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Organ-specific expression of IGF-I during early development of bony fish as revealed in the tilapia, Oreochromis niloticus, by in situ hybridization and immunohistochemistry: indication for the particular importance of local IGF-I


Berishvili, G; Shved, N; Eppler, E; Clota, F; Baroiller, J F; Reinecke, M (2006). Organ-specific expression of IGF-I during early development of bony fish as revealed in the tilapia, Oreochromis niloticus, by in situ hybridization and immunohistochemistry: indication for the particular importance of local IGF-I. Cell and Tissue Research, 325(2):287-301.

Abstract

The cellular sites of insulin-like growth factor I (IGF-I) synthesis in the early developing tilapia (0-140 days post fertilization, DPF) were investigated. IGF-I mRNA and peptide appeared in liver as early as 4 DPF and in gastro-intestinal epithelial cells between 5-9 DPF. In exocrine pancreas, the expression of IGF-I started at 4 DPF and continued until 90 DPF. IGF-I production was detected in islets at 6 DPF in non-insulin cells and occurred throughout life. In renal tubules and ducts, IGF-I production started at 8 DPF. IGF-I production in chondrocytes had its onset at 4 DPF, was more pronounced in growing regions and was also found in adults. IGF-I mRNA and peptide appeared in the cytoplasm of skeletal muscle cells at 4 DPF. In gill chloride cells, IGF-I production started at 6 DPF. At 13 DPF, IGF-I was detected in cardiac myocytes. IGF-I-producing epidermal cells appeared at 5 DPF. In brain and ganglia, IGF-I was expressed in virtually all neurones from 6 to 29 DPF, their number decreasing with age. Neurosecretory IGF-I-immunoreactive axons were first seen in the neurohypophysis around 17 DPF. Endocrine cells of the adenohypophysis exhibited IGF-I mRNA at 28 DPF and IGF-I immunoreactivity at 40 DPF. Thus, IGF-I appeared early (4-5 DPF), first in liver, the main source of endocrine IGF-I, and then in organs involved in growth or metabolism. The expression of IGF-I was more pronounced during development than in juvenile and adult life. Local IGF-I therefore seems to have a high functional impact in early growth, metabolism and organogenesis.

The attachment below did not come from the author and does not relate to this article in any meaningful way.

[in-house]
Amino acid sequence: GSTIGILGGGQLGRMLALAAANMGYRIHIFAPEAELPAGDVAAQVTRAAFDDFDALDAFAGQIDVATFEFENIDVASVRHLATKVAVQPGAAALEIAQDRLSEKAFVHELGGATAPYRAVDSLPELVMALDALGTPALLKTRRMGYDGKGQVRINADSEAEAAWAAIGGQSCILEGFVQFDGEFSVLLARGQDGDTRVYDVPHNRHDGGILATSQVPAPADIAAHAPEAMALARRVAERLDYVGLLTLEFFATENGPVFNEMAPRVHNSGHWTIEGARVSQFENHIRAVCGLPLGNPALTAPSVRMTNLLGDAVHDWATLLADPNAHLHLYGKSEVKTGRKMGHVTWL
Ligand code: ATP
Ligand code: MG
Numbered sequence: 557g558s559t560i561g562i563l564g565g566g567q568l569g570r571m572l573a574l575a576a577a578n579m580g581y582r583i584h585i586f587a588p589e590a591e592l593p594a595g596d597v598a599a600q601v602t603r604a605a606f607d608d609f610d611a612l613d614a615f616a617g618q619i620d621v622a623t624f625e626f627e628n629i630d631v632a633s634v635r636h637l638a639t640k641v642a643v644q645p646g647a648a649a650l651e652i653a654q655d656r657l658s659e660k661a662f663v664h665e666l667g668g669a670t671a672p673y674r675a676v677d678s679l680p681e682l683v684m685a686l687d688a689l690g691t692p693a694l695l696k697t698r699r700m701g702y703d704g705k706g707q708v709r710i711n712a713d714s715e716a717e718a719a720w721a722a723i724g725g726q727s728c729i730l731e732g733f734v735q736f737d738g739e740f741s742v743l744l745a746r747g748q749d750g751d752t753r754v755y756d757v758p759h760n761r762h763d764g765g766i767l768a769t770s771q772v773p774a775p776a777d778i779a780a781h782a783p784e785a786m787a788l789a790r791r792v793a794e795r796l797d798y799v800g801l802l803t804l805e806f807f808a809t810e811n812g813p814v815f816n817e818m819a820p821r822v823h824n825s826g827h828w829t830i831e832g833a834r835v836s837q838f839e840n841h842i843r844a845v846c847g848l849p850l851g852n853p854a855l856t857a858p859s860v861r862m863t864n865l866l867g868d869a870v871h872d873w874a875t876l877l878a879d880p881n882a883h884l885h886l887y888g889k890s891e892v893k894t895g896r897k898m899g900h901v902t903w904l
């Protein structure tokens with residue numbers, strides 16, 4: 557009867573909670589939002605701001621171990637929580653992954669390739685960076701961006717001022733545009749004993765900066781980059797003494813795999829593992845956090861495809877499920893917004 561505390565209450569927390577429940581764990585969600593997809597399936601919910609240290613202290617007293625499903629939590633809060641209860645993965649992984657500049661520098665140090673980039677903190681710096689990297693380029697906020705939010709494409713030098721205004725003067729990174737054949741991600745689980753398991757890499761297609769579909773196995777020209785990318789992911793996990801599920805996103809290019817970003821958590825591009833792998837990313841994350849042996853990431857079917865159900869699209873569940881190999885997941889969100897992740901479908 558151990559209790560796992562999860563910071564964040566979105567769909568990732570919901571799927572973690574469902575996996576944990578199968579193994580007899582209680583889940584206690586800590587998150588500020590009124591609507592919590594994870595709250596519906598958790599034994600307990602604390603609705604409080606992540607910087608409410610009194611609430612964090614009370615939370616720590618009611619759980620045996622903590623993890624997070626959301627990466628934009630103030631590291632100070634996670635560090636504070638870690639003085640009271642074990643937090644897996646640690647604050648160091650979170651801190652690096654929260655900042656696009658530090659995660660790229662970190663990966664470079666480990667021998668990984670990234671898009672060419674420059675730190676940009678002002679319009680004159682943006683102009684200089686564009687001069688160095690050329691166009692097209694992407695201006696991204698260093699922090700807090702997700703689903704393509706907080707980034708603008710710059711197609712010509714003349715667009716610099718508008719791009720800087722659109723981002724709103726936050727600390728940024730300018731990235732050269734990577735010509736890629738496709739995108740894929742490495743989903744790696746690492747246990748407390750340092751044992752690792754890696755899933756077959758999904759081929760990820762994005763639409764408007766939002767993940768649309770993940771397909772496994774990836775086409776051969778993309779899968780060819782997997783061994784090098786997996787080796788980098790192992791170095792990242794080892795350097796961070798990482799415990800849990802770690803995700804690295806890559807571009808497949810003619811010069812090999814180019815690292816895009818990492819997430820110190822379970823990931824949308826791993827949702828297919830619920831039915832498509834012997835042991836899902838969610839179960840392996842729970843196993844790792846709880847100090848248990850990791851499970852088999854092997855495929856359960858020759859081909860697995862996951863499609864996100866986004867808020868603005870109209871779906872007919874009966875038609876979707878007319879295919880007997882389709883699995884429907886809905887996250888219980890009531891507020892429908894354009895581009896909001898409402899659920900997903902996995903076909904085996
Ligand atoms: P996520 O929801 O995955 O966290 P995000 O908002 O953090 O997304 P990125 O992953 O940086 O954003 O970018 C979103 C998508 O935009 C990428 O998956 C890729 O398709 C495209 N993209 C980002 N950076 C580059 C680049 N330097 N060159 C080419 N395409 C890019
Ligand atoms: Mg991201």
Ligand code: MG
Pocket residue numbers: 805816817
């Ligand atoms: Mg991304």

The cellular sites of insulin-like growth factor I (IGF-I) synthesis in the early developing tilapia (0-140 days post fertilization, DPF) were investigated. IGF-I mRNA and peptide appeared in liver as early as 4 DPF and in gastro-intestinal epithelial cells between 5-9 DPF. In exocrine pancreas, the expression of IGF-I started at 4 DPF and continued until 90 DPF. IGF-I production was detected in islets at 6 DPF in non-insulin cells and occurred throughout life. In renal tubules and ducts, IGF-I production started at 8 DPF. IGF-I production in chondrocytes had its onset at 4 DPF, was more pronounced in growing regions and was also found in adults. IGF-I mRNA and peptide appeared in the cytoplasm of skeletal muscle cells at 4 DPF. In gill chloride cells, IGF-I production started at 6 DPF. At 13 DPF, IGF-I was detected in cardiac myocytes. IGF-I-producing epidermal cells appeared at 5 DPF. In brain and ganglia, IGF-I was expressed in virtually all neurones from 6 to 29 DPF, their number decreasing with age. Neurosecretory IGF-I-immunoreactive axons were first seen in the neurohypophysis around 17 DPF. Endocrine cells of the adenohypophysis exhibited IGF-I mRNA at 28 DPF and IGF-I immunoreactivity at 40 DPF. Thus, IGF-I appeared early (4-5 DPF), first in liver, the main source of endocrine IGF-I, and then in organs involved in growth or metabolism. The expression of IGF-I was more pronounced during development than in juvenile and adult life. Local IGF-I therefore seems to have a high functional impact in early growth, metabolism and organogenesis.

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Additional indexing

Item Type:Journal Article, refereed, original work
Communities & Collections:04 Faculty of Medicine > Institute of Anatomy
Dewey Decimal Classification:570 Life sciences; biology
610 Medicine & health
Language:English
Date:August 2006
Deposited On:23 Mar 2010 15:38
Last Modified:05 Apr 2016 13:53
Publisher:Springer
ISSN:0302-766X
Publisher DOI:https://doi.org/10.1007/s00441-005-0133-9
PubMed ID:16596395

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